Power equipment maker BHEL is in the process of reorienting its HR policy to prepare its employees to counter the competition put up by multinational firms, besides preparing them for a succession planning in the coming years.
The reorientation has been spurred by the fact that about 11,000 of its employees comprising around 22 per cent of its total staff strength are retiring over the next five years. The company has started working on a succession planning initiative, which will focus on grooming the remaining 19,000 employees who have less than five-year experience. "These young people will take over the baton from the senior people who will be retiring. We will prepare them according to the competition and challenges which the power sector, especially our segment, is expected to see," BHEL’s Director (Human Resources) R Krishnan told Business Standard.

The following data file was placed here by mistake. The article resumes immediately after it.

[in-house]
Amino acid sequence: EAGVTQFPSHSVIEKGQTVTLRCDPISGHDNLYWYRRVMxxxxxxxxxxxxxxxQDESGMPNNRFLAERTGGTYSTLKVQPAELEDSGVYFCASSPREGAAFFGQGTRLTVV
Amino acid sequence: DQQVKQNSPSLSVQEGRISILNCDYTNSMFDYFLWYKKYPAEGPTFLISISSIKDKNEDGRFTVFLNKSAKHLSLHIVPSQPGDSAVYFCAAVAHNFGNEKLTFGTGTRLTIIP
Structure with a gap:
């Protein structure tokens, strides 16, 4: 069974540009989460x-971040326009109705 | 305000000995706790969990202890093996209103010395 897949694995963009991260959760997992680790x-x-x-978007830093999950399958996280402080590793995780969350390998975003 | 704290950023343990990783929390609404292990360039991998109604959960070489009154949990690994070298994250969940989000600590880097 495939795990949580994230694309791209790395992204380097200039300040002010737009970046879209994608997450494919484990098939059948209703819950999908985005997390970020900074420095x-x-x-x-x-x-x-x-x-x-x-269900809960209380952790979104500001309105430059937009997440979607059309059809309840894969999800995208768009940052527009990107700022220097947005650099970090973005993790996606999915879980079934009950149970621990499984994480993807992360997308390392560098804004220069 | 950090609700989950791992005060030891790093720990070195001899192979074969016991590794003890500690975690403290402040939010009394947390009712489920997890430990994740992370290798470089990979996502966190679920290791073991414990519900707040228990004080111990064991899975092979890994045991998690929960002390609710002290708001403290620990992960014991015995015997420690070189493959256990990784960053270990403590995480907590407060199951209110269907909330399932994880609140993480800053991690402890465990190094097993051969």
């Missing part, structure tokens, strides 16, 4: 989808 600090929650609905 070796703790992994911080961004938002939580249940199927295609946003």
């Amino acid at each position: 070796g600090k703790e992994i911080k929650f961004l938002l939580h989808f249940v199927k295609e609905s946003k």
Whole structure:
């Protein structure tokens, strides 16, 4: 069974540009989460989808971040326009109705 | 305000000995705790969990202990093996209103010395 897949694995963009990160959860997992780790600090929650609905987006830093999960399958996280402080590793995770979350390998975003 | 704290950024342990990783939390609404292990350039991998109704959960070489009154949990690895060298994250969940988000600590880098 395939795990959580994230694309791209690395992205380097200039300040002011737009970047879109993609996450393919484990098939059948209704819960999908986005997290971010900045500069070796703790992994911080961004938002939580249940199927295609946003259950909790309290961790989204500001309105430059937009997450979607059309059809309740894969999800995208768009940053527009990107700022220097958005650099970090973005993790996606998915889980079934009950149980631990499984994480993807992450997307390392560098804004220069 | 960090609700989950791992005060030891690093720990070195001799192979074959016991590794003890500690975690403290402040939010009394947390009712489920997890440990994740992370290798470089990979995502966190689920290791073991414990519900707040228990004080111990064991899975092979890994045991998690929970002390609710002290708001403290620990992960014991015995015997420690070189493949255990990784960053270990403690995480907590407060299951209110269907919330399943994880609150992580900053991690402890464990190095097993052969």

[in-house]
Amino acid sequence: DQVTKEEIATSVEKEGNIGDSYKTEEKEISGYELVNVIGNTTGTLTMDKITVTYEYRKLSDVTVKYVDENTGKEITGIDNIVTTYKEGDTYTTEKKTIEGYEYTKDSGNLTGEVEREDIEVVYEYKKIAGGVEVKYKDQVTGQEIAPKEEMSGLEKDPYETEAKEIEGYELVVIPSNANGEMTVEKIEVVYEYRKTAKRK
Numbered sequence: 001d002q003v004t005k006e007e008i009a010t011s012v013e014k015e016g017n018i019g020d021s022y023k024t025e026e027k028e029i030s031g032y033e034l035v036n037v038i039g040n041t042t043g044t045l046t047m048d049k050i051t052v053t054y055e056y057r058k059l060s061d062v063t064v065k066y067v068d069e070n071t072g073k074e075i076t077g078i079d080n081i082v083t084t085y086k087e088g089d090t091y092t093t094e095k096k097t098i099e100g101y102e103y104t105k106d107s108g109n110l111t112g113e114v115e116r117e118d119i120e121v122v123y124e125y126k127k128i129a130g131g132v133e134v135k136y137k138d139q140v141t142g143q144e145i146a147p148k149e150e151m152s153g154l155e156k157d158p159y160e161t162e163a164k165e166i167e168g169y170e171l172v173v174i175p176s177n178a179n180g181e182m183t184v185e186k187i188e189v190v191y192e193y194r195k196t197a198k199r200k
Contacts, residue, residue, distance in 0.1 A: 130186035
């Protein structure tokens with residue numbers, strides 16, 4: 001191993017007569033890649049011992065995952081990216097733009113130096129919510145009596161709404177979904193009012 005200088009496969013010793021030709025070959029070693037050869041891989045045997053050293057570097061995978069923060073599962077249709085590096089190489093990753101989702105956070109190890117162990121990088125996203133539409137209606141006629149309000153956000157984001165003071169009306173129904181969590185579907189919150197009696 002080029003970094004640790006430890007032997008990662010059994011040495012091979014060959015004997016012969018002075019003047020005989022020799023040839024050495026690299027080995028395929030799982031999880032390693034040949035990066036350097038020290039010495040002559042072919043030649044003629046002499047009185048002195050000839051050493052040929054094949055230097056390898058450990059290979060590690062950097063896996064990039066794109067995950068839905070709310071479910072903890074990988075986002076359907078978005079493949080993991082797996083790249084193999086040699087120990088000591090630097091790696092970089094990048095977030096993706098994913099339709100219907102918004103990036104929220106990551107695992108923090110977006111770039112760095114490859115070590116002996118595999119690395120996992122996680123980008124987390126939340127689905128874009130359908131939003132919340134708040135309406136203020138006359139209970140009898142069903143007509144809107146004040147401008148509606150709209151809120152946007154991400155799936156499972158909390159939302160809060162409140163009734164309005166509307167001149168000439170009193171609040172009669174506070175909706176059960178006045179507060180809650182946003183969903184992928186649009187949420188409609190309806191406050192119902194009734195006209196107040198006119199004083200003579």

Accordingly training programmes will be developed internally (within the company) and externally (from outside agencies) to fill in the gaps. The company has hired Ernst & Young for conducting programmes for its employees. Employees might also be shifted to different departments/positions according to their seniority levels, he said.
Even the remodeling of performance linked incentives is on the cards. “The focus is to develop not only each person’s competencies, but also their performance and potential in alignment with our ongoing business challenges. Leadership development, competency mapping, performance linked pay, career planning and succession planning initiatives are in various stages of implementation," Krishnan said.
BHEL has recruited about 19,000 persons in the last five years, but seeing the current situation in the power sector, the company will be watchful of hiring more people, Krishnan said.
With power equipment orders from power projects declining, the company has also planned to diversify into other sectors including oil and gas, transportation and defence to explore new stream of revenues.The company’s main focus is currently on power sector but with fuel unavailability and other problems such as land and environmental clearance hitting the capacity addition and delaying power projects, BHEL’s growth has also seen a hit. The company has fixed a target of Rs 1 lakh crore revenues by 2017 from currently about Rs 49,000 crore.